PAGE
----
Close Encounter With Lutetia
Asteroid 21 Lutetia is exposed, craters and all, in a picture captured Saturday by the European Space Agency's Rosetta spacecraft. Rosetta's close encounter with Lutetia revealed a battered world—a possible remnant from the birth of our solar system, astronomers say.
To snap the above image, Rosetta swooped about 1,965 miles (3,162 kilometers) above Lutetia's surface. The image is the highest-resolution photo taken of the space rock, located more than 270 million miles (440 million kilometers) away from Earth, between Mars and Jupiter. (Watch a video of Rosetta's flyby.)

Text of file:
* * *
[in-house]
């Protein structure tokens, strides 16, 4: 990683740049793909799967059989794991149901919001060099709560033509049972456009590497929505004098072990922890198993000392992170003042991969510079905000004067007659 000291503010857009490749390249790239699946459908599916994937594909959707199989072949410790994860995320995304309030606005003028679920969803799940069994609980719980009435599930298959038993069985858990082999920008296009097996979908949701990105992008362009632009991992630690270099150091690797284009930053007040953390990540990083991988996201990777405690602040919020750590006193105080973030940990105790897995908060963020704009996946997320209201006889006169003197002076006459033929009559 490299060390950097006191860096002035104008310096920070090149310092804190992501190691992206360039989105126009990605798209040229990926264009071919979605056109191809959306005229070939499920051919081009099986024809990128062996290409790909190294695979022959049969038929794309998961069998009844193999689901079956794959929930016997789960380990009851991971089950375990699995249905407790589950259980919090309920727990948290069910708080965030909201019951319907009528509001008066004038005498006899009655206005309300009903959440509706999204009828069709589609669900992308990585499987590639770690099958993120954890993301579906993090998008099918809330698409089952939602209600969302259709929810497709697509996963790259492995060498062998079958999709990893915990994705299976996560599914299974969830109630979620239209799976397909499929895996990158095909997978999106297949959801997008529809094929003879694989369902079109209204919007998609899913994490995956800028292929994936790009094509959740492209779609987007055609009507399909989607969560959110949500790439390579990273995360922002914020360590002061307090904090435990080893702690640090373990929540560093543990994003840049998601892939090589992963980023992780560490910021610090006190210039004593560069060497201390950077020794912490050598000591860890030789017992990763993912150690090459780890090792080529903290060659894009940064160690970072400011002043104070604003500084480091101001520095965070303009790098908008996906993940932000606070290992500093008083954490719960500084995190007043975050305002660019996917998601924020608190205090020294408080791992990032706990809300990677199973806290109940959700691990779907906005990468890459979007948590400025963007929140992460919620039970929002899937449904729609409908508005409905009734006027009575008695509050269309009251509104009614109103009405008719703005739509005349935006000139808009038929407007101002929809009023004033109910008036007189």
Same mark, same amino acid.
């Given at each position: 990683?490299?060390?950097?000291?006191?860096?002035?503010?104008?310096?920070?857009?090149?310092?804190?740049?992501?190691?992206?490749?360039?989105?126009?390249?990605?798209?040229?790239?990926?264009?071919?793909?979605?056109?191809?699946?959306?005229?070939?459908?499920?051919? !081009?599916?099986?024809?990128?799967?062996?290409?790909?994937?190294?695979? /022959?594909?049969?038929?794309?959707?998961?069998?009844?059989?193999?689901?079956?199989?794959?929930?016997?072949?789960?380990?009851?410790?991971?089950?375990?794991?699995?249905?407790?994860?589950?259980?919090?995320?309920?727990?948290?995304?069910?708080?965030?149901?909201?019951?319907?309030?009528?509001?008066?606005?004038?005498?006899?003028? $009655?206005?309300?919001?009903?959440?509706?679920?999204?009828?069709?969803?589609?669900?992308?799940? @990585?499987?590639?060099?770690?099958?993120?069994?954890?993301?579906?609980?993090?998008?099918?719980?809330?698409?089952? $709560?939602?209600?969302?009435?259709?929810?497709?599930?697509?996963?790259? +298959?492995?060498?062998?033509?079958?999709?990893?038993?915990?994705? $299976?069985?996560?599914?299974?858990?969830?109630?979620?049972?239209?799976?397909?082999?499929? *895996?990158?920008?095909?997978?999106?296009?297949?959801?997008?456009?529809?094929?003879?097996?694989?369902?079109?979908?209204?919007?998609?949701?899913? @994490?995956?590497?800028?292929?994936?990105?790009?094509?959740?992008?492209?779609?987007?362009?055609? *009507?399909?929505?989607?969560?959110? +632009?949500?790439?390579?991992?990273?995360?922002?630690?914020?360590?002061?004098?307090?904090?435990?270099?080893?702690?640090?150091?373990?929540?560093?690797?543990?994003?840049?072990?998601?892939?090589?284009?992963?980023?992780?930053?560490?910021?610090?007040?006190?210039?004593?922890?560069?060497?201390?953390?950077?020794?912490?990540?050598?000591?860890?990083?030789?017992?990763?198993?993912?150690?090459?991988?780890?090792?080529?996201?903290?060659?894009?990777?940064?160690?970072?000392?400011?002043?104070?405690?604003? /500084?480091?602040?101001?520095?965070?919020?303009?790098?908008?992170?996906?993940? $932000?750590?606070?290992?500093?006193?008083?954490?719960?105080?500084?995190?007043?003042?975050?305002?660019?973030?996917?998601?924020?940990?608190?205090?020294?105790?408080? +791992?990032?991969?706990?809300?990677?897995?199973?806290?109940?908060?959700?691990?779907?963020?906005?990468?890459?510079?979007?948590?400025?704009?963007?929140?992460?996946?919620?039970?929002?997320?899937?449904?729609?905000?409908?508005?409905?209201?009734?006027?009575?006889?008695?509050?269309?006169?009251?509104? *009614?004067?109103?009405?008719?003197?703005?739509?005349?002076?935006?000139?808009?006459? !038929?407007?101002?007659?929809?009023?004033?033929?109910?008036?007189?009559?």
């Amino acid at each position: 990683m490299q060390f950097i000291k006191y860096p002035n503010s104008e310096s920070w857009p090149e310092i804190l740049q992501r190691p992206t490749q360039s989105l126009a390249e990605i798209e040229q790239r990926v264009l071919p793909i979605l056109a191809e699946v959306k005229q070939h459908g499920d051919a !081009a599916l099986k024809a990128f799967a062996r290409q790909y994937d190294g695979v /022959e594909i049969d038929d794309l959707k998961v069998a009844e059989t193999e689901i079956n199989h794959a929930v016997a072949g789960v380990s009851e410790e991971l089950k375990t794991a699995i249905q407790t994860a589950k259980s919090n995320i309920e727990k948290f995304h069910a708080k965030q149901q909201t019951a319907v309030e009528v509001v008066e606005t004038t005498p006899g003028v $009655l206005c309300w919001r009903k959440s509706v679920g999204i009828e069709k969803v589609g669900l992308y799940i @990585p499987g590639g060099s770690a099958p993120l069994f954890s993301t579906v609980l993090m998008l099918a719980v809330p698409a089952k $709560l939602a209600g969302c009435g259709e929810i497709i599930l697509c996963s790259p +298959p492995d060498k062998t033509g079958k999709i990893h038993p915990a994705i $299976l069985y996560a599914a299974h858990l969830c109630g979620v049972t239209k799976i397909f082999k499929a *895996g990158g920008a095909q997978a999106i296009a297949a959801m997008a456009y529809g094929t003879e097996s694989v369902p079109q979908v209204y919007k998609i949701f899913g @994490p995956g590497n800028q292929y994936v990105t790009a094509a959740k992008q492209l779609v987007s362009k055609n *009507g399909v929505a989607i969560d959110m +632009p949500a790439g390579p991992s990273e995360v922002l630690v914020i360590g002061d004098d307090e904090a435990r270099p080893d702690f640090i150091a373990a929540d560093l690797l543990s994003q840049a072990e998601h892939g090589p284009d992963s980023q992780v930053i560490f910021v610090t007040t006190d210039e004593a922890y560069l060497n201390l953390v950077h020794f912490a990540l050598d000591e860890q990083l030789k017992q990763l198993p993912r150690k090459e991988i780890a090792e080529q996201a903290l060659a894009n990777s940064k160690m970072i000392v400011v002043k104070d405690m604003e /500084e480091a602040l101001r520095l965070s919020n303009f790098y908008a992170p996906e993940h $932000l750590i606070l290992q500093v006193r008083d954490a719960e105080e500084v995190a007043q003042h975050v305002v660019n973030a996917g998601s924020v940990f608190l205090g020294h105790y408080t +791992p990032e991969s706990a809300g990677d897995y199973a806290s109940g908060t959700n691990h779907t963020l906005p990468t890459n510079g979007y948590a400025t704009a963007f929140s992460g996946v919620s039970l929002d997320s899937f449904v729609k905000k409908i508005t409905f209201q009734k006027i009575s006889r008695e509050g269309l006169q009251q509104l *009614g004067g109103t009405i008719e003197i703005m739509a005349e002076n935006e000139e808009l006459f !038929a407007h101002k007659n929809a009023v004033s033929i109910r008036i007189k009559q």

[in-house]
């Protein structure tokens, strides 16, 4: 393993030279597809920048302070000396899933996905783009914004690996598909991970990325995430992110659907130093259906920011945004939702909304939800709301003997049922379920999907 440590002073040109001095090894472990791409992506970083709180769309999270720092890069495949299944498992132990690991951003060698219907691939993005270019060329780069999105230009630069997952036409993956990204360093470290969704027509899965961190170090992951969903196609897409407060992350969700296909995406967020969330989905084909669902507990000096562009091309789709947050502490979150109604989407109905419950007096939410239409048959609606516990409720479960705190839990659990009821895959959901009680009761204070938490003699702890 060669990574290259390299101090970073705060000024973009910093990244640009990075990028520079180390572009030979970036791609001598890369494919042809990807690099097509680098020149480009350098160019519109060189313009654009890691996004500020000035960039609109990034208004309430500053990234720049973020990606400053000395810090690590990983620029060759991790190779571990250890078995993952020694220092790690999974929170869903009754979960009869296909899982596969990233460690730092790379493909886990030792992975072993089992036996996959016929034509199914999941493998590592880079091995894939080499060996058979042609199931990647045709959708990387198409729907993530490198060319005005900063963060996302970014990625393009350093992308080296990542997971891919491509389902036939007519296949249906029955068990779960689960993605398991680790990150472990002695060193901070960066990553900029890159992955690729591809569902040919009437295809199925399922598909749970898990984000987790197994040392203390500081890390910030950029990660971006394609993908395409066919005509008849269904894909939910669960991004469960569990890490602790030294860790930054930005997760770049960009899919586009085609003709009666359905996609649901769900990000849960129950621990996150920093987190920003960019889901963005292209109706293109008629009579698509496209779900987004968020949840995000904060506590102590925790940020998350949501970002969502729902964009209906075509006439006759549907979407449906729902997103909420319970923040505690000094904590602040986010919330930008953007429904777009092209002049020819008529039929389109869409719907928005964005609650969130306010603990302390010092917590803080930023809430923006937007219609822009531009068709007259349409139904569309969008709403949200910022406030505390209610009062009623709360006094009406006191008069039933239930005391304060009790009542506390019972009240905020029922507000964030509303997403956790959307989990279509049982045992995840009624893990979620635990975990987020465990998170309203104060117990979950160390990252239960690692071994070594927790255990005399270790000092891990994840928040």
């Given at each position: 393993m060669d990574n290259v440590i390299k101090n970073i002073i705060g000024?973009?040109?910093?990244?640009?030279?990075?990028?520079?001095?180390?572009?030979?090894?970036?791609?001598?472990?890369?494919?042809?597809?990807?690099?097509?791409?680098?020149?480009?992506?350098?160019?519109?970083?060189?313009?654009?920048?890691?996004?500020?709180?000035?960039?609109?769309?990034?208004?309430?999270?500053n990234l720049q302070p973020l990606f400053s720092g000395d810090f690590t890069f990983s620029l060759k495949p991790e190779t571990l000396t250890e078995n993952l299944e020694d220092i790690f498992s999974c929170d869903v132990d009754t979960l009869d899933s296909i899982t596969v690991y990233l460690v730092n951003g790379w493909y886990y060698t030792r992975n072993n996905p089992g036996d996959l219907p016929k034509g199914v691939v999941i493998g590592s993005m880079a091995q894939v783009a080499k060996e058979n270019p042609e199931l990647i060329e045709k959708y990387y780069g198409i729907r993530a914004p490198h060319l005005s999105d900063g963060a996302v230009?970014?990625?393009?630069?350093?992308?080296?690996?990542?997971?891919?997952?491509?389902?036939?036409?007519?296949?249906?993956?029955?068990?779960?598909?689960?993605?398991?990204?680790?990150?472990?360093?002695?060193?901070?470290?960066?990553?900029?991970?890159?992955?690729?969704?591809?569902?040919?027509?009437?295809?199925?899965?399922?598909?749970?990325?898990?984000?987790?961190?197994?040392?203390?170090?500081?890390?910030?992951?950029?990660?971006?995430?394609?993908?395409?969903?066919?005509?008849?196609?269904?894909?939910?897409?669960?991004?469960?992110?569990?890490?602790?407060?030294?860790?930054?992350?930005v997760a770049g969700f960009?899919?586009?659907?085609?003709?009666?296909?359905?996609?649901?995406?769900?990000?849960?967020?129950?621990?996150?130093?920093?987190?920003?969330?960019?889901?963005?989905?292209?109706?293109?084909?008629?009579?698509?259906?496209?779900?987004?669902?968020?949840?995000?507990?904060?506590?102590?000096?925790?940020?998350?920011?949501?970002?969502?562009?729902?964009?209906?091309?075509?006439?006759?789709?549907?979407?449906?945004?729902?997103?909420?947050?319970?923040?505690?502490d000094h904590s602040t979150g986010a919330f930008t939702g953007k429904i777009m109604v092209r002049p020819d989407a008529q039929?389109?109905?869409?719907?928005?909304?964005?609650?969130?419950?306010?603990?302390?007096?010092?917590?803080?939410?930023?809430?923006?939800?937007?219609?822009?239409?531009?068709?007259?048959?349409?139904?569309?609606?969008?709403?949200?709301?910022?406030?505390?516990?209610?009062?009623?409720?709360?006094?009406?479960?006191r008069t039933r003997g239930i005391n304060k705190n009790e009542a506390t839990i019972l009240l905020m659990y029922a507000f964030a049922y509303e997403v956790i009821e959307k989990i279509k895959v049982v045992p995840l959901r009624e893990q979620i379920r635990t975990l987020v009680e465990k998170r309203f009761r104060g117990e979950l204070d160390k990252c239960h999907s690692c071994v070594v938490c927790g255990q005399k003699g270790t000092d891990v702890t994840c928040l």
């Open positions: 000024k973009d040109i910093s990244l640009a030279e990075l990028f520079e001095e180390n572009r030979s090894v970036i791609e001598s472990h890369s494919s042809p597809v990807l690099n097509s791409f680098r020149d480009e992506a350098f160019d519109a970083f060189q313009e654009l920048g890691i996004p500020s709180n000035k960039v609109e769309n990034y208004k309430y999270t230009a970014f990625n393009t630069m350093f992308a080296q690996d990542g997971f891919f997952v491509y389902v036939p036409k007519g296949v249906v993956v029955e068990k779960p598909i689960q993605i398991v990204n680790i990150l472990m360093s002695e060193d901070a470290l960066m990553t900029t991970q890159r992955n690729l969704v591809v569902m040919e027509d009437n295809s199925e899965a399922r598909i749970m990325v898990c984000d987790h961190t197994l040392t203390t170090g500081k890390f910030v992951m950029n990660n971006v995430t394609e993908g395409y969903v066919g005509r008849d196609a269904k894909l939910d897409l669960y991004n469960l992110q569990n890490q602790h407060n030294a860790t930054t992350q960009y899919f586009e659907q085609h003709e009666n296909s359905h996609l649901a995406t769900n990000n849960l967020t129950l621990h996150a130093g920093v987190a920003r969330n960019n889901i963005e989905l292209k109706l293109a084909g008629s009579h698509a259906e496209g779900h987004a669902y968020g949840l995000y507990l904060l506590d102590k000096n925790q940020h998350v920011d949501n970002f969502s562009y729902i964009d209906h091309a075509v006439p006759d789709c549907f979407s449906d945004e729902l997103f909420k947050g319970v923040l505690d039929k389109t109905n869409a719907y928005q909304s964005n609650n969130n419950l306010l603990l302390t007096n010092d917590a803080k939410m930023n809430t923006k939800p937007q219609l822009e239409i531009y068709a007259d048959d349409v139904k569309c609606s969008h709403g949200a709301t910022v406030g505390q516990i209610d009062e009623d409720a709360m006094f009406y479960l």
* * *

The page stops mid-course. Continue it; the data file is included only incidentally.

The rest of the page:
The sharp edge visible above, at bottom, may be evidence that 81-mile-wide (130-kilometer-wide) Lutetia broke off from a "mother asteroid," said NASA space scientist Claudia Alexander, who led the United States' involvement in the Rosetta mission.